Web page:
Postures, Roles, and Social Distinctions: A Classicist's Perspective on Early Christian Commensality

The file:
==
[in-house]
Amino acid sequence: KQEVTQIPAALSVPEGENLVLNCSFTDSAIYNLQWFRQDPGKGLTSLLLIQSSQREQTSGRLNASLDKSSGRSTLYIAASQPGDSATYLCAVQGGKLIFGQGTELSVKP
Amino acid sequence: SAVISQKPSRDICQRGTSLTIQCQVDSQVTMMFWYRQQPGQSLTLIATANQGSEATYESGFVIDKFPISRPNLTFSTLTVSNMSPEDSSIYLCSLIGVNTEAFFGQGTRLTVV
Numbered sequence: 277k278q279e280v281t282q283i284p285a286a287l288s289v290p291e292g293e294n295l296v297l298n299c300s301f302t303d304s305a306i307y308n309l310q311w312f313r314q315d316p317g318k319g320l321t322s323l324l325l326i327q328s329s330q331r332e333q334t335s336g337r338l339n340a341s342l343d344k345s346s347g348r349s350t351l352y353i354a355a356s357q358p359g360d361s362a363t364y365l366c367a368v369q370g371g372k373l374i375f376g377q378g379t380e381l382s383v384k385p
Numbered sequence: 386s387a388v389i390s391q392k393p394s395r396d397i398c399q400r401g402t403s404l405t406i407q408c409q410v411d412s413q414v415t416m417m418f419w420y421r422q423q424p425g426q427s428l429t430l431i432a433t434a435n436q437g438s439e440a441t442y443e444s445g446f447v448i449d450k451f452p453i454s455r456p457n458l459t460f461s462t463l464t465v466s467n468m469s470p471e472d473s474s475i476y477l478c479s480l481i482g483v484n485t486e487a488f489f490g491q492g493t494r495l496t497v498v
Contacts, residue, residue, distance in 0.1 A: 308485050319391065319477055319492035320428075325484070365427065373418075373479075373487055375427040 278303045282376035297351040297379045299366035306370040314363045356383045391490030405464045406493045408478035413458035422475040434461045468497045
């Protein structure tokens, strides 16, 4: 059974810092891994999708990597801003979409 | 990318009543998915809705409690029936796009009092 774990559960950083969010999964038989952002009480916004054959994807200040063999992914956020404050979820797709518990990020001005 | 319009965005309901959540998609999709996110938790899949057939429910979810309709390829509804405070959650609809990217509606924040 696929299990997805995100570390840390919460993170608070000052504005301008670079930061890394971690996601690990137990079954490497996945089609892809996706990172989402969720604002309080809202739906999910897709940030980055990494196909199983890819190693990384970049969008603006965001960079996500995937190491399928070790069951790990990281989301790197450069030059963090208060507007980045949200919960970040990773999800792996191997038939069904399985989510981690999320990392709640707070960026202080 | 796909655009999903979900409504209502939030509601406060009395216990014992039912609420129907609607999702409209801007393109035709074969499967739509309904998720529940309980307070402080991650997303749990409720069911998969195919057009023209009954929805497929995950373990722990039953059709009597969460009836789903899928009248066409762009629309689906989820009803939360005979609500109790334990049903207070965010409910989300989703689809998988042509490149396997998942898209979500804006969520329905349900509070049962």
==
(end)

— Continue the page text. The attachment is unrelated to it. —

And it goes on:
This paper offers an interdisciplinary (if not quite cross-cultural) perspective on bodily practices associated with dining in early Christian contexts, by drawing on and responding to recent work by the SBL Seminar on Meals in the Greco-Roman world. The paper reflects on the diverse ways that gendered social roles find (or do not find) expression in the postures, positions, and roles taken by women and men at communal meals, considering in particular the differences between representations that are clearly pagan and those that are clearly Christian. It concludes with thoughts on the question of whether, or to what extent, particular communities can be distinguished from others, or seek to distinguish themselves from others, through their dining practices